By Alphonsus E.W
Shortage of gas, faults and maintenance works on plants have combined to reduce power generation in the country to 3,674.9 megawatts from the 6,668.6MW available capacity of the power stations as of Monday. Available generation records from the National Control Centre and the Transmission Company of Nigeria showed that 2,993.7MW was the quantum of electricity that the system was losing due largely to gas shortage.
Since the handover of the Power Holding Company of Nigeria successor companies to new investors, the generation firms have been complaining of a drop in the supply of gas to fire their plants. The development has led to erratic electricity supply across the country although there have been promises of improvements in the near future.
About 80 per cent of the power plants, which are gas-fired, are deprived of regular gas supply. The Geregu, Omotosho and Olorunsogo plants with available capacities of 414MW, 126MW and 252MW could only generate 143MW, 81.2MW and 164.7MW, respectively due to gas constraints.
As of 6am on Monday, January 27, 2014, the Geregu and Omotosho National Integrated Power Project plants had available capacities of 435MW and 500MW but were only able to generate 60MW and 102.5MW, respectively due to low gas pressure.
The Sapele NIPP, with 250MW available capacity, was totally out due to gas constraints, loading problem and civil work on its basement. The National Control Centre, Osogbo, Osun State, said the 500MW Olorunsogo NIPP plant was also out due to gas constraints and maintenance after a commissioning test.
The Alaoji plant has also been shut down following a water injection test, while the Egbin Power Station, with 880MW available capacity, was on Monday generating 703MW. The NCC said generation at the nation’s largest power plant was limited by the inability of the Nigerian Gas Company to supply enough gas to it.
It said that Egbin’s installed available capacity was reduced because of an ongoing high turbine rotor vibration rehabilitation work. Also, the Sapele, Delta and Afam IV-V power plants, which on Monday had 120MW, 375MW and 75MW available capacities, could only generate 68MW, 346MW and 50MW, respectively due to low lube oil pressure, faults and maintenance works.
The Kainji Hydro Plant was totally out due to rehabilitation. The NCC said the rehabilitation of its 1G5 unit was ongoing as of Monday, while the 1G6 unit was already out for rehabilitation since December 6, 2013 and is expected back on December 31, 2014. The 1G7 unit was out on stator winding E/F, while the 1G8 unit was out on fault.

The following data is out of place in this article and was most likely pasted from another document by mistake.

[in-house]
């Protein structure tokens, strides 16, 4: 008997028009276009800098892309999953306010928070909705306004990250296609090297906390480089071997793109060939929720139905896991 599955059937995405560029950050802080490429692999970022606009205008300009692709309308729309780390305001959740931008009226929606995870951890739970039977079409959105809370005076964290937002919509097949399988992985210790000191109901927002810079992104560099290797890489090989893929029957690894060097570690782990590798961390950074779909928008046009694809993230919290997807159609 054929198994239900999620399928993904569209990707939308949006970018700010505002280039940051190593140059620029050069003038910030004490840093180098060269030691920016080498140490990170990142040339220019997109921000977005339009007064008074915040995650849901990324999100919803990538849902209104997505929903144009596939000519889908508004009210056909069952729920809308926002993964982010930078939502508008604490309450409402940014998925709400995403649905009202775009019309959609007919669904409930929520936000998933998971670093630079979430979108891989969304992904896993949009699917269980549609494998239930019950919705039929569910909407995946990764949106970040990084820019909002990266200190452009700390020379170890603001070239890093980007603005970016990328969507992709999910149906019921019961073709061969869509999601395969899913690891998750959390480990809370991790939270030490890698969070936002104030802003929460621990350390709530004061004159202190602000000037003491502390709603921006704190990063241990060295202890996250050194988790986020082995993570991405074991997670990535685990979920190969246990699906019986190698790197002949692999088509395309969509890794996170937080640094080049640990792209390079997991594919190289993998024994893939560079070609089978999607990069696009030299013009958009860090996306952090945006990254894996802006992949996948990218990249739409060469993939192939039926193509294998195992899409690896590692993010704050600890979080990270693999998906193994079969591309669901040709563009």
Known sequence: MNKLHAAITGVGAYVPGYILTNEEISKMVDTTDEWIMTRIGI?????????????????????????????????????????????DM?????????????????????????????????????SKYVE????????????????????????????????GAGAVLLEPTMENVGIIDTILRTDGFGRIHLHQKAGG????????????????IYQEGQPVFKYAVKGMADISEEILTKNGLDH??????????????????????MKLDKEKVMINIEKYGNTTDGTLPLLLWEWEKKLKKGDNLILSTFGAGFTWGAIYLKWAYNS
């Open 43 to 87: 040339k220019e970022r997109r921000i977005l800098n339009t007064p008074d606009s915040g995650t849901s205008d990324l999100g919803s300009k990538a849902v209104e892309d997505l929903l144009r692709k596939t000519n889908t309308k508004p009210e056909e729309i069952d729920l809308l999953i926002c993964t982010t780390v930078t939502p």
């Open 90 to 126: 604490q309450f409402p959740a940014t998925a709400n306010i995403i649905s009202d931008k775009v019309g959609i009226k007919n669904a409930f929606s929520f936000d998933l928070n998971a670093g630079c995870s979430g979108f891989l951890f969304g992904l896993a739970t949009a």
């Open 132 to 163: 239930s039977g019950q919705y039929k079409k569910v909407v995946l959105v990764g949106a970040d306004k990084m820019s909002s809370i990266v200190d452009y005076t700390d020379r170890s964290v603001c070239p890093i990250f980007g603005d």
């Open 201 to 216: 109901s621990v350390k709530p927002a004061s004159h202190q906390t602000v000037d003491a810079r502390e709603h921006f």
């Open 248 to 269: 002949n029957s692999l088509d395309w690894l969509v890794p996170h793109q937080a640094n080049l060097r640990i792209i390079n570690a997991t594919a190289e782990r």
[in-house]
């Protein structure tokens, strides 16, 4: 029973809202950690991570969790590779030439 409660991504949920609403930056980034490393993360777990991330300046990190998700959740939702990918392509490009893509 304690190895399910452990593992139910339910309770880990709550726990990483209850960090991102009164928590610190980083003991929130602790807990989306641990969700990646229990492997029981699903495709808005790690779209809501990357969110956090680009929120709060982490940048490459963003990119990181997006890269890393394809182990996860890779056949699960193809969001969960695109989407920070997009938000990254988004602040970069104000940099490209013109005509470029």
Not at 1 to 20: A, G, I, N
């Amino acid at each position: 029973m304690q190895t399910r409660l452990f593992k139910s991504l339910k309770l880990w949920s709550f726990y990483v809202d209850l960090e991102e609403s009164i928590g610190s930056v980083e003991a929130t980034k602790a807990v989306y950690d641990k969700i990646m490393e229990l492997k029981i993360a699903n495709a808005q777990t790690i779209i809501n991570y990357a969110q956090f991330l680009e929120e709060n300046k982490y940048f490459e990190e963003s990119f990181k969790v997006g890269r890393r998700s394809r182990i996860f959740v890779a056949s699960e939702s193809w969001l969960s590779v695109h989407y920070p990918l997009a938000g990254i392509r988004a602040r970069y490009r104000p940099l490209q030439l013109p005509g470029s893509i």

The 1G9 unit at the Kainji plant was also out due to upper guide bearing temperature problem, while the 1G10 unit was said to be out due to thrust bearing temperature but available for station service. The 1G11 unit of the plant was shut down on emergency due to abnormal noise in the unit, while the 1G12 unit was out for rehabilitation.
The Shiroro Hydro Plant was said to have an installed available capacity of 450MW as of 6am on Monday but could only generate 300MW due to ongoing repairs and overhaul. However, the power plant was shut for three days on Monday, and the problem is expected to last till Wednesday.
The General Manager, Public Affairs, TCN, Mrs. Seun Olagunju, said in a statement on Sunday that the shutdown of the station was to enable the engineering maintenance crew to rectify a ground fault on the station’s carbon dioxide control panel. The panel, according to Olagunju, provides vital auxiliary services necessary for the running of the Shiroro plant.
She explained that the control panel was a fire protection system for all the units in the power station and that if it was out on repairs, all the units would have no protection against fire outbreak, hence the need to shut all of them.
The statement read in part, “During the period, grid generation will reduce by 300MW, hence the nationwide load shedding. The impact of the load shedding will be higher in the northern part of the nation, especially Kano, due to voltage instability issues previously affecting power supply in that area.”
Similarly, the Jebba Hydro Plant had 385.6MW but was only able to do 327MW due to ongoing maintenance. The Managing Director, Korea Electric Power Nigeria Limited, the technical partner and managers of the Egbin Power Station, Mr. Gyoo Chull Yeom, who recently underscored the dire gas supply situation to the power plants, said, “Gas is not coming, and without this, the power plants cannot operate optimally. Gas supply is very important to the Nigerian power sector because almost 80 per cent of the power plants in the country are gas-fired.
“Inadequate gas supply is a big problem for Nigeria. Even with the private sector investment; if there is no enough gas supply, there will still be problems.”